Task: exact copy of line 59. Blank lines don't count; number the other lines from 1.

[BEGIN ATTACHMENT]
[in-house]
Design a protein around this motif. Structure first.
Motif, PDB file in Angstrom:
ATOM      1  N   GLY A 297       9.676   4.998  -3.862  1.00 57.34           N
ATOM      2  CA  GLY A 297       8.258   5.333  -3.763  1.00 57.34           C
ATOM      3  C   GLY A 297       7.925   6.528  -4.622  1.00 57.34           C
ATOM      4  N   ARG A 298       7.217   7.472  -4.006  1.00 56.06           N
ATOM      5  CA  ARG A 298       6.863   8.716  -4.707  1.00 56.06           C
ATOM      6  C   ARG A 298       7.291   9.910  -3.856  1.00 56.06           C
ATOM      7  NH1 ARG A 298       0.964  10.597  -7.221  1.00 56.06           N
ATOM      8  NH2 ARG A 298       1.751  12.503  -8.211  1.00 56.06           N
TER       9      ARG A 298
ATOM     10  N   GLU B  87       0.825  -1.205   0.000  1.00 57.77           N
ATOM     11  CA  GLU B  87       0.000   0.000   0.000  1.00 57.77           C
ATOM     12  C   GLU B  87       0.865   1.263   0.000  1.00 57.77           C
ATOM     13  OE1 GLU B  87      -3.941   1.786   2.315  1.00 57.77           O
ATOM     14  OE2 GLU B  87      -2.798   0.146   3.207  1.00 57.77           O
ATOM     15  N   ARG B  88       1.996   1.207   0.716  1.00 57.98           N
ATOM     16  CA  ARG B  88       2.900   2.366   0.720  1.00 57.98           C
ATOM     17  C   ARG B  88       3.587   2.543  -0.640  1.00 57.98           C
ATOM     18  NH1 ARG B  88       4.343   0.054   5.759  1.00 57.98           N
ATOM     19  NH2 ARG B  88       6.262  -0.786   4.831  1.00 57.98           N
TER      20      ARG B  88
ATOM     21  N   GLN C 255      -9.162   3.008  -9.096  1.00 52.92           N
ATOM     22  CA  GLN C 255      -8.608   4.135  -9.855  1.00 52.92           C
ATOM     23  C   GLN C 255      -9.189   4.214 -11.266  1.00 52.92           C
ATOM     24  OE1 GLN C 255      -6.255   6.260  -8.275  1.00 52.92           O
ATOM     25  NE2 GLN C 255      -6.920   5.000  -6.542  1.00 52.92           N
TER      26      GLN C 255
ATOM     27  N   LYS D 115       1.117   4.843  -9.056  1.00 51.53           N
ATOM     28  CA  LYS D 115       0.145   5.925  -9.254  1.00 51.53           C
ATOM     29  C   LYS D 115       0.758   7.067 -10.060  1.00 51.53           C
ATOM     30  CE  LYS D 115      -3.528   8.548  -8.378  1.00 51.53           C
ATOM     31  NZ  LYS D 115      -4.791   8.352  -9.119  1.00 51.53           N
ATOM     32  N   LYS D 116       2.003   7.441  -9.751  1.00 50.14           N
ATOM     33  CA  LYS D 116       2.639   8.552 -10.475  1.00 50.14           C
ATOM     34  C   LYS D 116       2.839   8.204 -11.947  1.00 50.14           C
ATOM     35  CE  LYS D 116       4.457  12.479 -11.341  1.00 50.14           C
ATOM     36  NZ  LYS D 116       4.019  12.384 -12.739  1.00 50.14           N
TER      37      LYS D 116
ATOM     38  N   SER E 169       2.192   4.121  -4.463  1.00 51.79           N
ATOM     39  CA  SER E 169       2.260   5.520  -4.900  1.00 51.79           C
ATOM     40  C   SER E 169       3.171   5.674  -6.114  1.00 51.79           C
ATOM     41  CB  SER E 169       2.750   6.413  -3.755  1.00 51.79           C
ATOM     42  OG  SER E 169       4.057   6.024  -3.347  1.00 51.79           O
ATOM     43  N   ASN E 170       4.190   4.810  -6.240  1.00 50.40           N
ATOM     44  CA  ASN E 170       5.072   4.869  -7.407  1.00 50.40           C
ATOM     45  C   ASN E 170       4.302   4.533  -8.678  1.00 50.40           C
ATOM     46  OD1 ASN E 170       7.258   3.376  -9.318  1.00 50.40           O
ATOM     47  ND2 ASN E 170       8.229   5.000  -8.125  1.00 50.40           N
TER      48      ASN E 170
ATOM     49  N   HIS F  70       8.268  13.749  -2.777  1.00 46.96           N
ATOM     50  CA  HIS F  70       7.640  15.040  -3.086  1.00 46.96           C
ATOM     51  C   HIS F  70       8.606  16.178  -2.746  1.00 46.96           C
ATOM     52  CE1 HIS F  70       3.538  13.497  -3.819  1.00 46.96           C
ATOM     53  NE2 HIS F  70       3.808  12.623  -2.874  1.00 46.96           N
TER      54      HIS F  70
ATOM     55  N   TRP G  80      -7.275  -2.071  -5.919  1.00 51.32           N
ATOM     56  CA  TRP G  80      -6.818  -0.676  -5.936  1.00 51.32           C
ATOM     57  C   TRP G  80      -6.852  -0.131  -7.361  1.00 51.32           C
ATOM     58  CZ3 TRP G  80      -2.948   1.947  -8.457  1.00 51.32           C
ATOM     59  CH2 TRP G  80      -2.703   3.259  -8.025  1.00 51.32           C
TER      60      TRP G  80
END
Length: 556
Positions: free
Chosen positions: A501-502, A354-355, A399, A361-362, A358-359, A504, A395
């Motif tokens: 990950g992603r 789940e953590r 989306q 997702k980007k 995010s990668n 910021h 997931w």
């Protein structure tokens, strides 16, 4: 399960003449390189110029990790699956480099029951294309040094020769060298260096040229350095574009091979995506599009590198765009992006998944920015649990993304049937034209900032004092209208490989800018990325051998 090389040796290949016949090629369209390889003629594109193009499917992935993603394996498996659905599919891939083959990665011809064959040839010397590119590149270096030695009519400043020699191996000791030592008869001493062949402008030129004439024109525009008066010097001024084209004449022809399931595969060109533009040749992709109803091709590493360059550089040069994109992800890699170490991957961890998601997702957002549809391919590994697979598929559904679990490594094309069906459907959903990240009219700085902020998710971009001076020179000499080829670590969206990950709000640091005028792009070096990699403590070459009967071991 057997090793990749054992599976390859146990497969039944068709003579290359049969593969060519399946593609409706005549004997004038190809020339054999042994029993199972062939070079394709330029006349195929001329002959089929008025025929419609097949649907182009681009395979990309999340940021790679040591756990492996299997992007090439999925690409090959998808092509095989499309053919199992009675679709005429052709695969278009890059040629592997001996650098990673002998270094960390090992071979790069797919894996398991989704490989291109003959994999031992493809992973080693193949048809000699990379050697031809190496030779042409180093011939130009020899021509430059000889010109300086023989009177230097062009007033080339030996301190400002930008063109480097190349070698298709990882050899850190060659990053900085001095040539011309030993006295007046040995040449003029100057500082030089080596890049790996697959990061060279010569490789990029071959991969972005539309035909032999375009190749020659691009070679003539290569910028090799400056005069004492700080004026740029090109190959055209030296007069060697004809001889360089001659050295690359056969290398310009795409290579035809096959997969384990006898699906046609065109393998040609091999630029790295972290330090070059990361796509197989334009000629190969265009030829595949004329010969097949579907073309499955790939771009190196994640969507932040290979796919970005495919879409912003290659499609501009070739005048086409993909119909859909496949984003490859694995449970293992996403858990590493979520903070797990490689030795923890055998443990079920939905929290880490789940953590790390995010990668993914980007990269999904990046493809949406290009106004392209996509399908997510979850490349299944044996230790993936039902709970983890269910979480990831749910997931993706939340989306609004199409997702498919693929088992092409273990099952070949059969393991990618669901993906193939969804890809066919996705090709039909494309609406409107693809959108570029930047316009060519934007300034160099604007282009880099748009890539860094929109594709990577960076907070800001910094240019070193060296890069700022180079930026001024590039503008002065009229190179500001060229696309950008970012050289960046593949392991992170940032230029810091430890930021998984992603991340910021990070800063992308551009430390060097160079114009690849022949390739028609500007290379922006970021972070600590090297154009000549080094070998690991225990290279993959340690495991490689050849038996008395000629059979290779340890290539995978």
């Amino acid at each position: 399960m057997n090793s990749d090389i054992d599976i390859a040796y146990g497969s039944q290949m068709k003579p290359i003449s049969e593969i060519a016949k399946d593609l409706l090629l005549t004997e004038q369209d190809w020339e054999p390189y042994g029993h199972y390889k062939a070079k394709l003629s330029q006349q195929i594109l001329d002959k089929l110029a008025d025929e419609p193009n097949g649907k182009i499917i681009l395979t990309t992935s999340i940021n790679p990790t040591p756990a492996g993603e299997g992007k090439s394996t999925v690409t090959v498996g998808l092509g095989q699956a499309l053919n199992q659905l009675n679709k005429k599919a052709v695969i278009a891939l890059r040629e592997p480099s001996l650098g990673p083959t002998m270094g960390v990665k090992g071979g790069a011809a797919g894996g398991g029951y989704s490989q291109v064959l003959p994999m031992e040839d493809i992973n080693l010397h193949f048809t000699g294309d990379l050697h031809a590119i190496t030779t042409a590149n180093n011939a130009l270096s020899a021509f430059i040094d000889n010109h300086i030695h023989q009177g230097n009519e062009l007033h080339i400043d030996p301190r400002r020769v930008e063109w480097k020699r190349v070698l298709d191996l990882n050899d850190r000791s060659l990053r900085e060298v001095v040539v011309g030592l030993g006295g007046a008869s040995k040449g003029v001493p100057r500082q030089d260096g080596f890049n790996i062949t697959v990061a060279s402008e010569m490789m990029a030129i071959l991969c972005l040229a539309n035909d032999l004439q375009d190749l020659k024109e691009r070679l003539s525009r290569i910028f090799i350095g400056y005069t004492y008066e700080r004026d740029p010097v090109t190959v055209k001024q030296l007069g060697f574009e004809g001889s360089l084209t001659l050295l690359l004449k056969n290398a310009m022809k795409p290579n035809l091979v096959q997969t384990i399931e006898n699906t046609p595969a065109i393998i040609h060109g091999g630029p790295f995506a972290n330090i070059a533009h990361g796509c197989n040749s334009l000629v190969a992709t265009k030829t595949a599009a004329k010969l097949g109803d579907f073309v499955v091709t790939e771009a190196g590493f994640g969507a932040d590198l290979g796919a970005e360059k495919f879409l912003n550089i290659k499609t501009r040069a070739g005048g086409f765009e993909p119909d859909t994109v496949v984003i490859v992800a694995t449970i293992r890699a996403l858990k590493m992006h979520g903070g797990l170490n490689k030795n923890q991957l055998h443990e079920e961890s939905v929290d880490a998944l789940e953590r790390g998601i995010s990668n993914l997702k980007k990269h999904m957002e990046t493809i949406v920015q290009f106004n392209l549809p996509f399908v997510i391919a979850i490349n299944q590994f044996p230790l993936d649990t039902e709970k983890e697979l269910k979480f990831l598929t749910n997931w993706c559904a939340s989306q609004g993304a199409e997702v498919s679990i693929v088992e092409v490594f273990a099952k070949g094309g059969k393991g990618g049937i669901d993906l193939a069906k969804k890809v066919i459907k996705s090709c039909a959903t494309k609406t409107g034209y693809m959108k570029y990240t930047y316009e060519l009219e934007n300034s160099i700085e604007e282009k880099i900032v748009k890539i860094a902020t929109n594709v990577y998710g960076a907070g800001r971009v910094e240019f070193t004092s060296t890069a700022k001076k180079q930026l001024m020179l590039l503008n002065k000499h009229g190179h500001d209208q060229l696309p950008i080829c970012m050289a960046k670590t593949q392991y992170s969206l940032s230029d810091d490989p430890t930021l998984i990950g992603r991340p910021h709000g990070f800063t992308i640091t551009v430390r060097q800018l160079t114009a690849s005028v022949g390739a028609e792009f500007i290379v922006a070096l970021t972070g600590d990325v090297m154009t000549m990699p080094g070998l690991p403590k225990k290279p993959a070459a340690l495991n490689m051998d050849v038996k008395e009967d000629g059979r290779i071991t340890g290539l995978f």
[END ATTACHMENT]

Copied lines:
ATOM     56  CA  TRP G  80      -6.818  -0.676  -5.936  1.00 51.32           C